Can insurtech solve women's life insurance coverage gap after COVID-19?

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According to the U.S. Bureau of Labor Statistics, as of early this year there were about 100,000 more women than men in the workplace. This had happened only once before, during the onset of the Great Recession when men were laid off at a higher rate than women, so women temporarily made up more of the workforce. When female employment surpassed male employment earlier this year, it was more organic and sustainable. That’s because there’s been steady growth in service-based businesses that tend to employ more women, and a shift away from traditionally male-dominated jobs, in sectors such as manufacturing. Now, the COVID-based workplace transformation is driving more service and office related functions into work from home or sequestered locales, which will accelerate this imbalance.

This milestone of female employment exceeding male employment in the workforce highlights some important and difficult realities regarding insurance trends, namely that women tend to be uninsured or underinsured as compared to their male counterparts. In fact, the Insurance Information Institute found that more than 40 percent of women have no life insurance. Insurance serves as an important resource, indeed an asset, to women as their share of economic dependence to themselves and to their families increases. Whether through life insurance or a range of other products, now more than ever women have to financially protect themselves and those who depend on them.

When coronavirus struck, the initial phase of job losses hit female employment harder than male employment. The U.S. Department of Labor noted that nearly 60 percent of the initial wave of job losses were shouldered by women, the opposite of what happened in the Great Recession. Suddenly, the shortfall in insurance levels for women had dramatic and troubling implications in very real-life terms.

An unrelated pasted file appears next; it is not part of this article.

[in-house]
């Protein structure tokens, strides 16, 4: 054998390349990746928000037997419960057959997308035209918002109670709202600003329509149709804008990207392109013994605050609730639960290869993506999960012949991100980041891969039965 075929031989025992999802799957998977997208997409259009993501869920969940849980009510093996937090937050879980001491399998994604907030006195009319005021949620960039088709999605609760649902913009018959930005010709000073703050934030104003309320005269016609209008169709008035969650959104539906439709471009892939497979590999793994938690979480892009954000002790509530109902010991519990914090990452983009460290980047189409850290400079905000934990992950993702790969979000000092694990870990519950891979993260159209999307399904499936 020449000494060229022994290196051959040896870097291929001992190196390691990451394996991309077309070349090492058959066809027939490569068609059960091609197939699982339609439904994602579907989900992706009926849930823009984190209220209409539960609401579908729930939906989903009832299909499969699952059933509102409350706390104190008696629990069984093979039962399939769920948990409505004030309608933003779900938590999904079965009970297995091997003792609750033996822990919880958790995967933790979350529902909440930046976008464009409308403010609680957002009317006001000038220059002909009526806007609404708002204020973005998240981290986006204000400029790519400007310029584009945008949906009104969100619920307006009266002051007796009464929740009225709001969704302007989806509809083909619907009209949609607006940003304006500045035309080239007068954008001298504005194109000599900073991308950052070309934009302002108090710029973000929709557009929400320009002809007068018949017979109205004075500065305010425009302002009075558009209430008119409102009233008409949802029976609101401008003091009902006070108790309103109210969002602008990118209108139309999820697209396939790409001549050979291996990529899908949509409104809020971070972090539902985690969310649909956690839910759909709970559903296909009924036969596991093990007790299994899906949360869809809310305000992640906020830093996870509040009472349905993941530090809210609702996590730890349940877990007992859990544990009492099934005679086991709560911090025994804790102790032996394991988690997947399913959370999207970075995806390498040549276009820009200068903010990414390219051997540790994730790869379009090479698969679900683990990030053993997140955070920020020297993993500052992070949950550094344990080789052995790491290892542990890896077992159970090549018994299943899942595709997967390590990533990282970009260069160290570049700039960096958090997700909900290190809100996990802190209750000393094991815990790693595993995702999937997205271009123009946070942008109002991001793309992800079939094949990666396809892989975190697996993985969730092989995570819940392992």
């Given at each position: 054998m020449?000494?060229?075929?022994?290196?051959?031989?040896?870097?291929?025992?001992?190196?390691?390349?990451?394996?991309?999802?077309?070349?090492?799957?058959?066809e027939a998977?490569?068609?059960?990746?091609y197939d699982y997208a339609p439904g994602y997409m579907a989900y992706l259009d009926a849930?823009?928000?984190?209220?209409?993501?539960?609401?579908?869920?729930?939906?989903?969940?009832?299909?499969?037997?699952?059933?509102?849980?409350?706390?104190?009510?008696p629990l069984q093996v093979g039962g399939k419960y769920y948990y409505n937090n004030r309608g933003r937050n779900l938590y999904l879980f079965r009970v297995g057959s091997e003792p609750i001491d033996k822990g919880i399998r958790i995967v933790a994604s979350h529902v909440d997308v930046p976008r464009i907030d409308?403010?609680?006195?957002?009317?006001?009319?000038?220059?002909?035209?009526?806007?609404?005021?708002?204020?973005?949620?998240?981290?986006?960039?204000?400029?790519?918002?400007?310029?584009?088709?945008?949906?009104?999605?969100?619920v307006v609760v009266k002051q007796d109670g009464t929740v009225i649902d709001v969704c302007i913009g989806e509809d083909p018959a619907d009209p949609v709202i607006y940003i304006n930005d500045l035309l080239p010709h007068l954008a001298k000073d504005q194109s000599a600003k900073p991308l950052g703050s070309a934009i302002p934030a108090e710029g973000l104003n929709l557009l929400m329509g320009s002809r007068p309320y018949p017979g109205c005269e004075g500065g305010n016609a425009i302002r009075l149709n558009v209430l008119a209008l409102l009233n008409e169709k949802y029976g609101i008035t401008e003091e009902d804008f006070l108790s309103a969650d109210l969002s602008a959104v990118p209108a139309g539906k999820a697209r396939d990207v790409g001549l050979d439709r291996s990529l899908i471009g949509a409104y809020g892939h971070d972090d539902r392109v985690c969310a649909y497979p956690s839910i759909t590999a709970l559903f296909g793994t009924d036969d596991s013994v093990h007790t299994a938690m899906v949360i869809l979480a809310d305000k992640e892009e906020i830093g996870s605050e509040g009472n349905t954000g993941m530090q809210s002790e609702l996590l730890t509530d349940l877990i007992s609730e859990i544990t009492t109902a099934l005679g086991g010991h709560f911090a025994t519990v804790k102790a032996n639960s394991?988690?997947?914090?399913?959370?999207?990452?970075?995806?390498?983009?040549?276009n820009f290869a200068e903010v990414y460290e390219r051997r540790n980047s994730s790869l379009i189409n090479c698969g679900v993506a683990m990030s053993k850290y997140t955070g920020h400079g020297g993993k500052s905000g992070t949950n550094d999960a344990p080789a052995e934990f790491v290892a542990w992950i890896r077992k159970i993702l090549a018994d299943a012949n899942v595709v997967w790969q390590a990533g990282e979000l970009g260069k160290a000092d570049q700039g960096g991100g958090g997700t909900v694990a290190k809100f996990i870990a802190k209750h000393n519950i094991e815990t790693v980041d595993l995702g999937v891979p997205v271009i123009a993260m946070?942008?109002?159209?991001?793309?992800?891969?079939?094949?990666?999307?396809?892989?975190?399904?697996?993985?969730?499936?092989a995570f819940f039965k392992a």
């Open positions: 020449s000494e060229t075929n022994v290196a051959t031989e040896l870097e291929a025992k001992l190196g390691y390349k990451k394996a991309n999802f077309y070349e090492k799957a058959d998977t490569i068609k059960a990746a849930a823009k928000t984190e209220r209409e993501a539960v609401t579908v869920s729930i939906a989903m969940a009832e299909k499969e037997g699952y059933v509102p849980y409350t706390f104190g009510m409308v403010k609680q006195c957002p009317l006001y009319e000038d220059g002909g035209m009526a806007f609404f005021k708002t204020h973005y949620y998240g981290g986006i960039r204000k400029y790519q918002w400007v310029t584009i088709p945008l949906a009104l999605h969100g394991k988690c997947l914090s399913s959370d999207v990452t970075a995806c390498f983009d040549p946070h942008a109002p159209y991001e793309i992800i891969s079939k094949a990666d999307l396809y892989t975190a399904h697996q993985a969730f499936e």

Why don’t many women have the coverage they need and why is insurance so important for them? One reason women often don’t have insurance, which unfortunately the industry sometimes reinforces, relates to marriage and harkens back to outdated, traditional gender roles. Even today, when women are married to insured men, the tendency can be for women to consider their situations as more secure than is often the case. Women also live longer, so they require more resources, and oftentimes don’t account for significant costs that will have to be replaced if their income or a spouse’s income is gone. Expensive examples include housing, child care, health care and college costs. Women’s longer life spans also can diminish their interest in coverage, though many do not realize that this also results in lower premiums. What also occurs, in the case of divorce from an insured spouse, is that women simply neglect to think about the need for insurance because so many other important things are happening in their busy lives. Research by Fidelity Investments shows that the impacts of money issues are not just financial. Fidelity learned that 70 percent of working women who said they were affected by financial stress also struggled with managing their diet and exercise, and were almost one-third more likely to become overweight.

Coronavirus has exposed the reality that risk is ever-present and the traditional inequities in insurance levels for women should and can be addressed in a more effective and data-driven manner. The traditional lack of structured or targeted data for the industry has created difficult hurdles in the past, but these barriers are being erased and the sector is stepping up integration of emerging technologies to help female customers.

Today’s technologies for the insurance industry, driven by insurtechs, are providing real-time data and analytics. Using the prior example of divorce, it’s one of many exceptional data points to use for reminding women about the benefits and importance of insurance at a time when they are handling many other complex life issues. Tools like artificial intelligence and data analytics are also transforming the insurance sector into a more nimble and responsive industry. Agents and carriers can now identify, monitor and analyze key information in order to offer products to women in a more focused way. Precision and actionable data, like risk for women based on factors like geography, age and lifestyle allow for highly targeted and timely messages. This helps the industry to better serve the traditionally underinsured female demographic, while allowing carriers and agents to increase revenues.

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